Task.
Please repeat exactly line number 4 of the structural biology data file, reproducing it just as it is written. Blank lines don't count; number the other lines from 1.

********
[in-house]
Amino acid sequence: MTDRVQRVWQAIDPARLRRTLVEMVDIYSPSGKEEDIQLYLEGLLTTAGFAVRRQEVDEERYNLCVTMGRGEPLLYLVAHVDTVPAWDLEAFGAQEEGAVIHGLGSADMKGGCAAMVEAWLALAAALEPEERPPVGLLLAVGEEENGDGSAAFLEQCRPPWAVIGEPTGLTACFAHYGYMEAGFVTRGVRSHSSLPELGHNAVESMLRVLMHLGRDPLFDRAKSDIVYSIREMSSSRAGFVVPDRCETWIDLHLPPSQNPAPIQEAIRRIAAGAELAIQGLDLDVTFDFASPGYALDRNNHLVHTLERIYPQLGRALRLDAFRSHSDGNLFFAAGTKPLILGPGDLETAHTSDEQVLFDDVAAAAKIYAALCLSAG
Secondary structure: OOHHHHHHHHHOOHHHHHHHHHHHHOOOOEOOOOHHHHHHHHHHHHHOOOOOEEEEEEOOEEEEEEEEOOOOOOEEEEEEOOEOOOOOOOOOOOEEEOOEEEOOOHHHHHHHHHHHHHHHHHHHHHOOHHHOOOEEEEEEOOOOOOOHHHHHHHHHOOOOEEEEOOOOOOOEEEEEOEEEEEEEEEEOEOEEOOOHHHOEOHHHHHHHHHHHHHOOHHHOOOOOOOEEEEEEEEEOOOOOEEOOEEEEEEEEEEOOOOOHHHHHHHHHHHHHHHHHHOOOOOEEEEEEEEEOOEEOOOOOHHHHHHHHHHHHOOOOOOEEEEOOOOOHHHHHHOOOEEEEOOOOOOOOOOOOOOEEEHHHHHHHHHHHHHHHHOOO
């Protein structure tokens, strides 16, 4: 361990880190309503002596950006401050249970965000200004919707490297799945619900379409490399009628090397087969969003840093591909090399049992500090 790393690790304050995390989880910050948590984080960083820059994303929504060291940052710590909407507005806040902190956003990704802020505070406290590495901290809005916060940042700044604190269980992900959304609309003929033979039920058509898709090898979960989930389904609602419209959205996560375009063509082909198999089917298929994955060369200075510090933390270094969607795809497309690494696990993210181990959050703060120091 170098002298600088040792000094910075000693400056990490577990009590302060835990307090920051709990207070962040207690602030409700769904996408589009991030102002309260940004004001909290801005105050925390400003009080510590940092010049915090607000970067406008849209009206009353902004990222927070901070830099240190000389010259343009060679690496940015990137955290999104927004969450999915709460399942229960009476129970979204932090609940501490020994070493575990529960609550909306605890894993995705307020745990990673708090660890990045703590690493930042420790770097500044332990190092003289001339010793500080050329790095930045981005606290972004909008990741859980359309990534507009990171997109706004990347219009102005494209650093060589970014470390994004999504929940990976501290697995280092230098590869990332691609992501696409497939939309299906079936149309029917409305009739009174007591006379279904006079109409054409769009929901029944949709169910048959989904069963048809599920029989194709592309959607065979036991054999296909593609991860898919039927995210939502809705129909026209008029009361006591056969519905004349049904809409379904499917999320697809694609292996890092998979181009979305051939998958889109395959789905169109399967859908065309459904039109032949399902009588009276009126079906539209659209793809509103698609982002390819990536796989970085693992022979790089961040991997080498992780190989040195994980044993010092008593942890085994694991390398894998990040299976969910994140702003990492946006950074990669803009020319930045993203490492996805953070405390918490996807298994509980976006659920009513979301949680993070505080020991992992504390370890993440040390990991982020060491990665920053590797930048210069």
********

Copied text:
């Protein structure tokens, strides 16, 4: 361990880190309503002596950006401050249970965000200004919707490297799945619900379409490399009628090397087969969003840093591909090399049992500090 790393690790304050995390989880910050948590984080960083820059994303929504060291940052710590909407507005806040902190956003990704802020505070406290590495901290809005916060940042700044604190269980992900959304609309003929033979039920058509898709090898979960989930389904609602419209959205996560375009063509082909198999089917298929994955060369200075510090933390270094969607795809497309690494696990993210181990959050703060120091 170098002298600088040792000094910075000693400056990490577990009590302060835990307090920051709990207070962040207690602030409700769904996408589009991030102002309260940004004001909290801005105050925390400003009080510590940092010049915090607000970067406008849209009206009353902004990222927070901070830099240190000389010259343009060679690496940015990137955290999104927004969450999915709460399942229960009476129970979204932090609940501490020994070493575990529960609550909306605890894993995705307020745990990673708090660890990045703590690493930042420790770097500044332990190092003289001339010793500080050329790095930045981005606290972004909008990741859980359309990534507009990171997109706004990347219009102005494209650093060589970014470390994004999504929940990976501290697995280092230098590869990332691609992501696409497939939309299906079936149309029917409305009739009174007591006379279904006079109409054409769009929901029944949709169910048959989904069963048809599920029989194709592309959607065979036991054999296909593609991860898919039927995210939502809705129909026209008029009361006591056969519905004349049904809409379904499917999320697809694609292996890092998979181009979305051939998958889109395959789905169109399967859908065309459904039109032949399902009588009276009126079906539209659209793809509103698609982002390819990536796989970085693992022979790089961040991997080498992780190989040195994980044993010092008593942890085994694991390398894998990040299976969910994140702003990492946006950074990669803009020319930045993203490492996805953070405390918490996807298994509980976006659920009513979301949680993070505080020991992992504390370890993440040390990991982020060491990665920053590797930048210069």